07.47 First morning in Cornwall. Set out for beach in car.
07.49 Fail to get husband to sing along, to tune of Cliff’s famous song: “We’re all going on a summer holiday! Lacan, Kristeva and Foucault, too…”
07.50 Husband remembers he hasn’t heard news yet: turns up car radio.
08.01 Pile out of car with dog; help husband set up Beach Base Camp (BBC).
08.11 Wonky festival chairs up; fresh water in dog’s bowl. Husband begins to read. As an intellectual, have taken own summer reading cues from recent feature in leading higher education journal. Pull from bag 1,300-page 19th-century Russian novel and chunky monograph on economically problematic development of interwar cuttlefish farming in Algarve. Quietly settle down to read.
08.13 Cuttlefish are ceph-alo-pods. Ask husband what this means. Husband does not look up from book. Says to google it. Odd response: on reaching beach, both realised only decent mobile internet signal is back at car park.
08.14 Dog and I set off for car park. Reputable research resource tells me that cephalopods “have a distinct head with large eyes and a ring of tentacles around a beaked mouth, and are able to release a cloud of inky fluid to confuse predators”.
08.18 Unaccountably think of recently retired colleague.
08.19 Car park beginning to fill up with insufferable holidaymakers. Shake head intellectually at uniform mundanity of middle-class lives.
08.22 Lock up Range Rover; slip Birkenstocks back on. Join queue to buy Earl Grey, Assam and small pack of Duchy Original organic oaty biscuits. Stick phone back in Waitrose carrier bag; head for beach.
08.45 Husband takes tea and biscuits.
08.50 Contemplate cuttlefish and nibble biscuit. Dog sighs loud sigh; gazes in intensely Adonis-like biscuity judgement.
08.52 Take pity on dog. Attempt to hand over bit of biscuit. Biscuit doesn’t break well; snaps, spraying little shower of crumbs all over everywhere.
08.53 Husband momentarily ceases reading. Tell him that buying cuttlefish volume in attempt to broaden scholarly horizons might have been error.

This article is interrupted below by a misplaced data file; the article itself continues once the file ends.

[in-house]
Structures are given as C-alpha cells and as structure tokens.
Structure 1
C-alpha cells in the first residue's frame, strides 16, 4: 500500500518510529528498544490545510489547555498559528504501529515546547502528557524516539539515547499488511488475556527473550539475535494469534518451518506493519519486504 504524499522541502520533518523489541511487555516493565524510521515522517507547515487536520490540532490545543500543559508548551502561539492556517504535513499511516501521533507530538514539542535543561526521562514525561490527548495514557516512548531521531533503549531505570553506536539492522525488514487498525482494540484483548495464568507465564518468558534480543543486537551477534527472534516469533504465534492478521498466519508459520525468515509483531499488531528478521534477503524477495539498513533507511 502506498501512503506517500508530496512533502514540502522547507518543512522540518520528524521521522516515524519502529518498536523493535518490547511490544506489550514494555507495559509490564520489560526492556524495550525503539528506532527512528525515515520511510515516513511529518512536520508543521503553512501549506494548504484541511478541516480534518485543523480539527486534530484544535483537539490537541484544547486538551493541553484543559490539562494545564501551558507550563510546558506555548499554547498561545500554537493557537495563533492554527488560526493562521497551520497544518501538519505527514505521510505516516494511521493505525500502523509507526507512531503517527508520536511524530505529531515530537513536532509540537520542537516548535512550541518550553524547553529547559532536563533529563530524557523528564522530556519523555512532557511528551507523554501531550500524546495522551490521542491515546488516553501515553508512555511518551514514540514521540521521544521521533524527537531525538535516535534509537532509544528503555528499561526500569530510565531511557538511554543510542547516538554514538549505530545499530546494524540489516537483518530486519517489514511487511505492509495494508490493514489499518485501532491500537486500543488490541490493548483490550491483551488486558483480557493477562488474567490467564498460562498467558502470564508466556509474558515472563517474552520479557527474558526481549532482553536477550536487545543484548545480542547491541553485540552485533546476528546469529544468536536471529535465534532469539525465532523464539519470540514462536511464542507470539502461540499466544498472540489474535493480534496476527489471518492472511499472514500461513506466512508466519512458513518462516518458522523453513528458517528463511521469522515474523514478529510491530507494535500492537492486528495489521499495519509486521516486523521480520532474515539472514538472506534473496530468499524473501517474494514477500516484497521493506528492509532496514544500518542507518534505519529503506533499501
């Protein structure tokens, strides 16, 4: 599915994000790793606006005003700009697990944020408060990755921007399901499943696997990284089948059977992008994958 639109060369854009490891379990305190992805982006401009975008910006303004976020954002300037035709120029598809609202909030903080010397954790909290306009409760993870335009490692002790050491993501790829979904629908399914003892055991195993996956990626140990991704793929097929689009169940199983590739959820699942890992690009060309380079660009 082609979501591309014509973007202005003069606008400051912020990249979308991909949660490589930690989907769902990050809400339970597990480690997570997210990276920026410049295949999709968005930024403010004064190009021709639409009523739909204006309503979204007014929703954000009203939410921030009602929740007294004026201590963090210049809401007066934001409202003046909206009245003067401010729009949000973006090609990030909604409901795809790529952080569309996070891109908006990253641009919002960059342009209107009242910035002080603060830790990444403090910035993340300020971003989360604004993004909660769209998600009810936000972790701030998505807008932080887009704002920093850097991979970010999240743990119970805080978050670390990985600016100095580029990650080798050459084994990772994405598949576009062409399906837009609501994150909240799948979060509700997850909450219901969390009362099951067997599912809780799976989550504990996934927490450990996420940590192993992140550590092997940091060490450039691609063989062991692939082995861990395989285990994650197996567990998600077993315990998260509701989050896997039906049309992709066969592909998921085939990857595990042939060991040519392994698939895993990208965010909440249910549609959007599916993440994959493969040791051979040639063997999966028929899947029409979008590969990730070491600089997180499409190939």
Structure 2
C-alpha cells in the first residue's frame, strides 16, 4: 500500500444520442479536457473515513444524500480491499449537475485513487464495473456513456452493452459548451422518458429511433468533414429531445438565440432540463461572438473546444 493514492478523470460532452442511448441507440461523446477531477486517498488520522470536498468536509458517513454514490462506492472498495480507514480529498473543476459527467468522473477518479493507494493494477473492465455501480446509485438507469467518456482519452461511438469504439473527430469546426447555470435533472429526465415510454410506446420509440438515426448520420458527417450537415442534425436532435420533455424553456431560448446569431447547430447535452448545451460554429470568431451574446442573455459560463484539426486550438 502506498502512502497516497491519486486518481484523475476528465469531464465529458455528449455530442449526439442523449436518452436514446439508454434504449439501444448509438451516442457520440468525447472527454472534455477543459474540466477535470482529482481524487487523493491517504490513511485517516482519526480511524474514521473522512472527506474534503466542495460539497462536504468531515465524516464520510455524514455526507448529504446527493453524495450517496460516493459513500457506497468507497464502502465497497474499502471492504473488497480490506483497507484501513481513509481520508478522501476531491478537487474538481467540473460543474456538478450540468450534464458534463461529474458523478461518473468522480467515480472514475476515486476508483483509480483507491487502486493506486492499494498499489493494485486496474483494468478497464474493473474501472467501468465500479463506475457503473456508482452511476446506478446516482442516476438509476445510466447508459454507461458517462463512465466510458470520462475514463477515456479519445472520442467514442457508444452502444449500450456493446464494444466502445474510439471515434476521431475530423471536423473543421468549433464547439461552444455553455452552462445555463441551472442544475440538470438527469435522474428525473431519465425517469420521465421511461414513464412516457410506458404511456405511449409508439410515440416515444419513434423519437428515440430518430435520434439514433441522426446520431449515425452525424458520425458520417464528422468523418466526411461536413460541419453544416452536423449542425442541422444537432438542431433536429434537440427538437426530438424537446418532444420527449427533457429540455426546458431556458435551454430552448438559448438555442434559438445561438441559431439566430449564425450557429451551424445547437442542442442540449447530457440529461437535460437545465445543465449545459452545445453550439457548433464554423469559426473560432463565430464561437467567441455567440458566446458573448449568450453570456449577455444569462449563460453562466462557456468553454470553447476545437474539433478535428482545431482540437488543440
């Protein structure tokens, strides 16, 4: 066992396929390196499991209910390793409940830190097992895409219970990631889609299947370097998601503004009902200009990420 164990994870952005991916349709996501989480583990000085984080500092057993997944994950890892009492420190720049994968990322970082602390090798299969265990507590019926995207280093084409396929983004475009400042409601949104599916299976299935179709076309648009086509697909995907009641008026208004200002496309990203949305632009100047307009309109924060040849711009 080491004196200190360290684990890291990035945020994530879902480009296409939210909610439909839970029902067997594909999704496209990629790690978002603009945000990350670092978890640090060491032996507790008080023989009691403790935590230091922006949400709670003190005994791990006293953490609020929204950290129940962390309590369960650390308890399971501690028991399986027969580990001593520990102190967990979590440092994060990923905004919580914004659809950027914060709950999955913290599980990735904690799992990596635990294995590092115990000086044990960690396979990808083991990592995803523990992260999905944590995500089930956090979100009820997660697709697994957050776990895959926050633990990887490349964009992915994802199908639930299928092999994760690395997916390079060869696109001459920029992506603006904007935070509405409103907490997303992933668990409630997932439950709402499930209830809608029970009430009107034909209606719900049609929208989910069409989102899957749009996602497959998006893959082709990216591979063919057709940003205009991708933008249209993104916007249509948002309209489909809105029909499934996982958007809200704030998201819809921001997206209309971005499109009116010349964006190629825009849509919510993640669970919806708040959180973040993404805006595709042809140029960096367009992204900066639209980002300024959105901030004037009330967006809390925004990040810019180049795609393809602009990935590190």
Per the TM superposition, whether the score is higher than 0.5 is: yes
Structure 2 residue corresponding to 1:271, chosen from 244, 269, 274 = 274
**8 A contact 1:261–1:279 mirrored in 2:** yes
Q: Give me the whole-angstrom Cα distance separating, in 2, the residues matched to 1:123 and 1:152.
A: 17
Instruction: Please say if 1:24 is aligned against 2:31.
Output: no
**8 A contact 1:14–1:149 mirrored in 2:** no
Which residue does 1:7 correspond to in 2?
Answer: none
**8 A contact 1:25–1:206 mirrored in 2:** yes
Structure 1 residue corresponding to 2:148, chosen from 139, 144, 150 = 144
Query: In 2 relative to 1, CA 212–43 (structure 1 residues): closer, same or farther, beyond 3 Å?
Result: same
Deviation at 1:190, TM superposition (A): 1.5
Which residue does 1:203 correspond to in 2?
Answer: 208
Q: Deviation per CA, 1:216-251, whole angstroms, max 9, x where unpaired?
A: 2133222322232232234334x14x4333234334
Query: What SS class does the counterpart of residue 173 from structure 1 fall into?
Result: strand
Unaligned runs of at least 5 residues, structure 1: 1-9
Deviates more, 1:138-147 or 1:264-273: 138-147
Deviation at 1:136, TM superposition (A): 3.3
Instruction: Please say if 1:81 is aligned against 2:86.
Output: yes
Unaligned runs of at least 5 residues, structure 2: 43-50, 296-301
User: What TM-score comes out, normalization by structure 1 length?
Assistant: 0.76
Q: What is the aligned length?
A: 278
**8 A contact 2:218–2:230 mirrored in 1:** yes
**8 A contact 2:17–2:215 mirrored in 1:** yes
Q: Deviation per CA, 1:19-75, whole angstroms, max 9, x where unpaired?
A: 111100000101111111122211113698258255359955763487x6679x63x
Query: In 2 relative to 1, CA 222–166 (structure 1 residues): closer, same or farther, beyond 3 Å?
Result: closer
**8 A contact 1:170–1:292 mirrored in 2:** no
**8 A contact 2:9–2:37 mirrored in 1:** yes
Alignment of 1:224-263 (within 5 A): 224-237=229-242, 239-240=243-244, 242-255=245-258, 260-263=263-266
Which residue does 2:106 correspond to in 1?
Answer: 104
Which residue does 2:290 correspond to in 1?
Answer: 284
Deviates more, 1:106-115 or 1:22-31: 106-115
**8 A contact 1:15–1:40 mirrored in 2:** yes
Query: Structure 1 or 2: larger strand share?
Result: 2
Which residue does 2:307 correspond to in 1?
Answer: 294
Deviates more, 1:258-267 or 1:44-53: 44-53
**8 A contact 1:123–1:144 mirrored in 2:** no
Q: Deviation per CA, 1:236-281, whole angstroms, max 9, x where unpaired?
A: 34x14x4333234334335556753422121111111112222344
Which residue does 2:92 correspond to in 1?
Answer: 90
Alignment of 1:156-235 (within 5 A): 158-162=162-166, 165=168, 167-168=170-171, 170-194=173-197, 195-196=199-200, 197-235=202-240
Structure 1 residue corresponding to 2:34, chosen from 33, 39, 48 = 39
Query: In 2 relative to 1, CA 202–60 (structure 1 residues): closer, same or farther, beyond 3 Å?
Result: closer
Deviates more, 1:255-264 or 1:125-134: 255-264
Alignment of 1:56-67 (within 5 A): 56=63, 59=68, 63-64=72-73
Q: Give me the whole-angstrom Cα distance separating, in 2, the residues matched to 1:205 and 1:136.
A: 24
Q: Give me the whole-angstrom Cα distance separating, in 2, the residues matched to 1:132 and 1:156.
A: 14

08.56 Turn to Russian novel. Think back to undergrad “Russian for conversation” lessons. Recall as much as possible. Can remember only phrase sounding something like “Yanuh ponnimayo”. Can’t remember what it means.
09.03 Page six. Main character’s “face suddenly assumed an expression of profound and sincere devotion and respect, mingled with sadness”.
09.04 Unaccountably catch dog’s eye.
09.05 Kick off sandals; tell husband going paddling. Husband continues to read.
09.06 Run down to water’s edge with dog.
09.07 Run into water.
09.08 Run back to BBC.
09.10 Wrap towel around self quietly so as not to disturb reading.
09.11 Wrap blanket over towel.
09.12 Wrap husband’s jacket over blanket over towel. Ask husband what book’s about.
09.13 Husband snaps book shut. Offers to go to fetch more tea.
09.16 Close eyes for moment. Mentally compose summer “to-do” list.
09.44 Wake as dog and husband return to BBC. Put Russian novel on top of cuttlefish catastrophe. Pick up prizewinning dystopian novel.
09.48 Tell husband it’s not even 10am yet.
09.49 Husband replies, “No. It isn’t.” Oddly pointed tone. Liberate oaty crumb from cleavage. Smile contentedly to self.
Emma Rees is professor of literature and gender studies at the University of Chester, where she is director of the Institute of Gender Studies.